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A London Adolescence

Around the Year 1958

Andrew Moss
September 1, 2023
Campaign for Nuclear Disarmament demonstrators, leaving Maidenhead for Berkshire, 1958. © Getty

I WAS AT THE KICKOFF RALLY for the first Aldermaston March in 1958—the first march against nuclear weapons in England and the beginning of the Campaign for Nuclear Disarmament. It was the foundational event for left-wing baby boomers in the UK and my own first step into politics. I was 14. I was there by accident, invited along by my surrogate family, the Abramskys, who lived at the bottom of our hill in Highgate, northwest London. The Abramskys were: Chimen, the father, a stout little Russian-Jewish gnome; Miriam, matching but motherly; and my buddy Jack. Chimen and Miriam
were old communists from the East End of London, where my family was also from, and they were the first of a long line of surrogate parents who put up with me during my adolescence. All of my surrogate parents were communists or ex-communists of one kind or another.

I was just into puberty at the Aldermaston rally and wearing my new duffle coat. I stuck my chest out and proudly displayed it to the marchers as they straggled out of Trafalgar Square to begin the four-day trek to the Atomic Weapons Research Establishment at Aldermaston.

My mother had gone to Laura Place School in working-class Hackney with Miriam Abramsky and they had rekindled their friendship when my parents moved to Highgate in 1953. My father, prospecting for a house in some place quieter than the huge Edwardian house he’d leased cheaply in Notting Hill Gate during the war, ran into a herd of sheep coming down off Hampstead Heath into Highgate and decided immediately that this was the place for him. It wasn’t the place for my mother. She wanted to be on the other side of the Heath in Hampstead, where the intellectual life of London buzzed and where my parents had lived in the 1930s as students at the London School of Economics. In those days she taught English to glamorous, left-wing German refugees. (One of them was John Heartfield, the photo-collagist. Much later I saw my mother in an entirely new light when I heard her refer to Heartfield as “Johnny.”) Nevertheless, life in our family was organized around protecting my father’s peace of mind—he was the director of the Government Social Survey, a department of the Ministry of Information—and we ended up in Highgate. I spent my teenage years walking up and over the green hump of the Heath to Hampstead, where the action was.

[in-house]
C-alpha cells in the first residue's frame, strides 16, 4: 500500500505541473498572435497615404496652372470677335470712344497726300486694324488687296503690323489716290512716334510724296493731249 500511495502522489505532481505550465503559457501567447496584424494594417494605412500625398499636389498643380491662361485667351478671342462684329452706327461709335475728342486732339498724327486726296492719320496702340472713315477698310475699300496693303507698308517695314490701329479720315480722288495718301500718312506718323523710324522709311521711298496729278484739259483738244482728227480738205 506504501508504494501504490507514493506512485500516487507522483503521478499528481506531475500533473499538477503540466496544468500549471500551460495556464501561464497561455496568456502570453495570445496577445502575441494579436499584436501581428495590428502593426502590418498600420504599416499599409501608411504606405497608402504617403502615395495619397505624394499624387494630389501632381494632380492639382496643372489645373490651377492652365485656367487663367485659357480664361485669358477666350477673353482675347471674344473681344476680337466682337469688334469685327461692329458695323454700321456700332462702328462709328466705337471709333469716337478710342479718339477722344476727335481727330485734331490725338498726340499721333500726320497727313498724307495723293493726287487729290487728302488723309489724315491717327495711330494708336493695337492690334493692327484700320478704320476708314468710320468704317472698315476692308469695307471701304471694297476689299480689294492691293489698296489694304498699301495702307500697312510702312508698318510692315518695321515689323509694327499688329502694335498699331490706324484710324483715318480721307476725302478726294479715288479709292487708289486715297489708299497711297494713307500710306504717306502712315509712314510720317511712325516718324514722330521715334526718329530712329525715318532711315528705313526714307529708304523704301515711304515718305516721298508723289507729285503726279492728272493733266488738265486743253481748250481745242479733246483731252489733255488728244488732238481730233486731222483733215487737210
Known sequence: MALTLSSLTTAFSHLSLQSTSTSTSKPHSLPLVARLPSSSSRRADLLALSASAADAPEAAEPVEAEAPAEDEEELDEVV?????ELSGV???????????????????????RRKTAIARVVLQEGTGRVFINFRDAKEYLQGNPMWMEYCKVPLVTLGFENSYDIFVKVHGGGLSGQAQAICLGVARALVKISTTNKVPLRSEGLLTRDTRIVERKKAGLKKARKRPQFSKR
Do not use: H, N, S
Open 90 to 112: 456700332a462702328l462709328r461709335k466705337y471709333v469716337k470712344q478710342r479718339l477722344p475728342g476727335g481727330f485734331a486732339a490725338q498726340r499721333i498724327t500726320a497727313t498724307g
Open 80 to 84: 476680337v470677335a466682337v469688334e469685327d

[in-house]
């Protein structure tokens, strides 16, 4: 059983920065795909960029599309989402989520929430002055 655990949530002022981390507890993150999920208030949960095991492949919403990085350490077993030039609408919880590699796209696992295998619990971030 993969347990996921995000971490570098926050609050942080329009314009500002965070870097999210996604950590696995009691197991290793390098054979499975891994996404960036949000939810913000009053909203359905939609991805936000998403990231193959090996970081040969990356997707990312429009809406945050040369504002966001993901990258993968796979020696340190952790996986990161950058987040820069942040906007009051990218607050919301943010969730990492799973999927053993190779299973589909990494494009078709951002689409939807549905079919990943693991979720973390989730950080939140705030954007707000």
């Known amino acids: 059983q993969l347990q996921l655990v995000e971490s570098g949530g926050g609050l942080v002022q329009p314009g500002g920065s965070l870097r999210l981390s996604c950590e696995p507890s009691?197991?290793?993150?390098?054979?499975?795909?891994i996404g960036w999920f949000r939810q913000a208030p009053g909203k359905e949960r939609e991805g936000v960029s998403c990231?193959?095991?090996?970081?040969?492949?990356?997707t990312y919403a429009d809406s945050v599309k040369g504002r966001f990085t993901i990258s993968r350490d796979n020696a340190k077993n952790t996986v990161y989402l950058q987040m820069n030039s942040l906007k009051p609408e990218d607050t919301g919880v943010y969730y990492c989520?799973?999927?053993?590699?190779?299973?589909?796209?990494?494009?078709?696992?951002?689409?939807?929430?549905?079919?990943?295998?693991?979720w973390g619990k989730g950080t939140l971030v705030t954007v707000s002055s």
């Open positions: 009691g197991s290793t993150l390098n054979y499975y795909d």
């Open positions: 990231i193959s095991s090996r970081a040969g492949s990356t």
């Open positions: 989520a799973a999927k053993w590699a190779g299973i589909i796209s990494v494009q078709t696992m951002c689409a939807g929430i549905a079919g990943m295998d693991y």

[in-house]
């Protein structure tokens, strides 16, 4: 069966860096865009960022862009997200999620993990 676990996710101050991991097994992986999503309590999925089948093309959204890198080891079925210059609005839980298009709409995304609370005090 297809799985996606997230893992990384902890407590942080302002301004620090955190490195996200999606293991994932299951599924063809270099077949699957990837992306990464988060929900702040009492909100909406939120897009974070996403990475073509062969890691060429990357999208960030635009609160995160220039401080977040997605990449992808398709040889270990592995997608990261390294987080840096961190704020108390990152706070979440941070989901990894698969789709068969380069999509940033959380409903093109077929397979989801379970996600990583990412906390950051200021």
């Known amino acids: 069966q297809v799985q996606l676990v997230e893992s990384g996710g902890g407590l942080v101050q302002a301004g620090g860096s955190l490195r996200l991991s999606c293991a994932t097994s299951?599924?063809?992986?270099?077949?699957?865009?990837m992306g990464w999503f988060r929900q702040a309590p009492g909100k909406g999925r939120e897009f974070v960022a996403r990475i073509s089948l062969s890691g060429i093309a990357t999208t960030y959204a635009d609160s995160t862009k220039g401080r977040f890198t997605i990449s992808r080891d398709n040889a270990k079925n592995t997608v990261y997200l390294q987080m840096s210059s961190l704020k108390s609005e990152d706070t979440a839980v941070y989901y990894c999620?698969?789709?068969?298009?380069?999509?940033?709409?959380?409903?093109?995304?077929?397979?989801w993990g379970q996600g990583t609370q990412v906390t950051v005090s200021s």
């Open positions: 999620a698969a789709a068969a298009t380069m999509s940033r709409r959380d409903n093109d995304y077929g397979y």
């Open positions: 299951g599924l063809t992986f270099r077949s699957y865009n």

My parents did not come to that first Aldermaston rally in 1958. The official position in the family was that my father’s civil service job meant he had to keep his distance from politics. This wasn’t communicated directly because things weren’t communicated directly in our house, but as CND, the Campaign for Nuclear Disarmament, became the focus of my teenage social life, I noticed that, unlike other parents, my parents never came to CND events. I knew this had something to do with the Communist Party.

I don’t know if my parents were ever actually in the Communist Party. If they were, they were probably long out of it by 1958. My father told me he joined when it looked like the Germans were going to invade England, because he thought the Communists were the only ones who would fight. But later, when I tried to check with James Jefferys, who had been London University Student Organizer for the CP in the ‘30s and was the uncle of my best friend Joe (named after Stalin), James said thoughtfully “Louis? No, no… Winnie, maybe.” I was staggered because I wasn’t accustomed to, or even capable of, thinking of my mother as the dynamic parent. But she was: She was a working-class girl from Hackney who had married up into the professional ranks. She would hate me saying she was working class, though I thought it was a credential, which annoyed her. The words “working class” made her toss her head in irritation, and one time when they came out of my mouth she thumped me on the arm in anger, a rare example of direct communication in our family and the closest she ever came to inflicting pain. I still find it hard to believe she was the one in the CP. But years later, when the MI5 surveillance files on my friend Joe’s aunt Nan drifted up into public view, there my mother was, in Nan’s phone taps, squabbling with the other surveillees over who would get the nice flat overlooking Primrose Hill.